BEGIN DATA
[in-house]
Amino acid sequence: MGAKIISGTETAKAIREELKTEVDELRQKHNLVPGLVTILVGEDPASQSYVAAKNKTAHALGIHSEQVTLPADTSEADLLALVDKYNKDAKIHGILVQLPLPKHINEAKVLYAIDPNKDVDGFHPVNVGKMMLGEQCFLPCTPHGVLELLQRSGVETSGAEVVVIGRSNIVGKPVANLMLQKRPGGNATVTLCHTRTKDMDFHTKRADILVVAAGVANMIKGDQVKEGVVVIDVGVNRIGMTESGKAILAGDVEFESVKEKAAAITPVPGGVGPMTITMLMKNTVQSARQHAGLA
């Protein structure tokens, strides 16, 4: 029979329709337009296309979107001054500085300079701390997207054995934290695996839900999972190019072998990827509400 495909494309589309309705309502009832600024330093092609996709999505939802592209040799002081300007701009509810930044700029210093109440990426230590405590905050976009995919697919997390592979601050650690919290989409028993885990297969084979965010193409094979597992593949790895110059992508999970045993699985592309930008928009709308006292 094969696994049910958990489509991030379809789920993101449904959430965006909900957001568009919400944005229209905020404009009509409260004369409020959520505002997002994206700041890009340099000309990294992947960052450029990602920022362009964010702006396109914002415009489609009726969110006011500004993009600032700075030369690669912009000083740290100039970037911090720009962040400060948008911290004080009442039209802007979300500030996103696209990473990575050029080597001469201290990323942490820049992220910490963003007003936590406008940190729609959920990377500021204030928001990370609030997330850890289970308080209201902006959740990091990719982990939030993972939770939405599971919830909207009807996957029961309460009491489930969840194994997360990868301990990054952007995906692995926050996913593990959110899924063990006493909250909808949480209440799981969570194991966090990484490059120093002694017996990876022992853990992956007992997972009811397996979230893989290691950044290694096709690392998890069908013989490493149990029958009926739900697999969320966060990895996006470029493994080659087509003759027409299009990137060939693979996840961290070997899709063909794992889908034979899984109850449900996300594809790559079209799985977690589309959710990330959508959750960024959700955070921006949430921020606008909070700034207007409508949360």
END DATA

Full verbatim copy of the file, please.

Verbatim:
[in-house]
Amino acid sequence: MGAKIISGTETAKAIREELKTEVDELRQKHNLVPGLVTILVGEDPASQSYVAAKNKTAHALGIHSEQVTLPADTSEADLLALVDKYNKDAKIHGILVQLPLPKHINEAKVLYAIDPNKDVDGFHPVNVGKMMLGEQCFLPCTPHGVLELLQRSGVETSGAEVVVIGRSNIVGKPVANLMLQKRPGGNATVTLCHTRTKDMDFHTKRADILVVAAGVANMIKGDQVKEGVVVIDVGVNRIGMTESGKAILAGDVEFESVKEKAAAITPVPGGVGPMTITMLMKNTVQSARQHAGLA
């Protein structure tokens, strides 16, 4: 029979329709337009296309979107001054500085300079701390997207054995934290695996839900999972190019072998990827509400 495909494309589309309705309502009832600024330093092609996709999505939802592209040799002081300007701009509810930044700029210093109440990426230590405590905050976009995919697919997390592979601050650690919290989409028993885990297969084979965010193409094979597992593949790895110059992508999970045993699985592309930008928009709308006292 094969696994049910958990489509991030379809789920993101449904959430965006909900957001568009919400944005229209905020404009009509409260004369409020959520505002997002994206700041890009340099000309990294992947960052450029990602920022362009964010702006396109914002415009489609009726969110006011500004993009600032700075030369690669912009000083740290100039970037911090720009962040400060948008911290004080009442039209802007979300500030996103696209990473990575050029080597001469201290990323942490820049992220910490963003007003936590406008940190729609959920990377500021204030928001990370609030997330850890289970308080209201902006959740990091990719982990939030993972939770939405599971919830909207009807996957029961309460009491489930969840194994997360990868301990990054952007995906692995926050996913593990959110899924063990006493909250909808949480209440799981969570194991966090990484490059120093002694017996990876022992853990992956007992997972009811397996979230893989290691950044290694096709690392998890069908013989490493149990029958009926739900697999969320966060990895996006470029493994080659087509003759027409299009990137060939693979996840961290070997899709063909794992889908034979899984109850449900996300594809790559079209799985977690589309959710990330959508959750960024959700955070921006949430921020606008909070700034207007409508949360």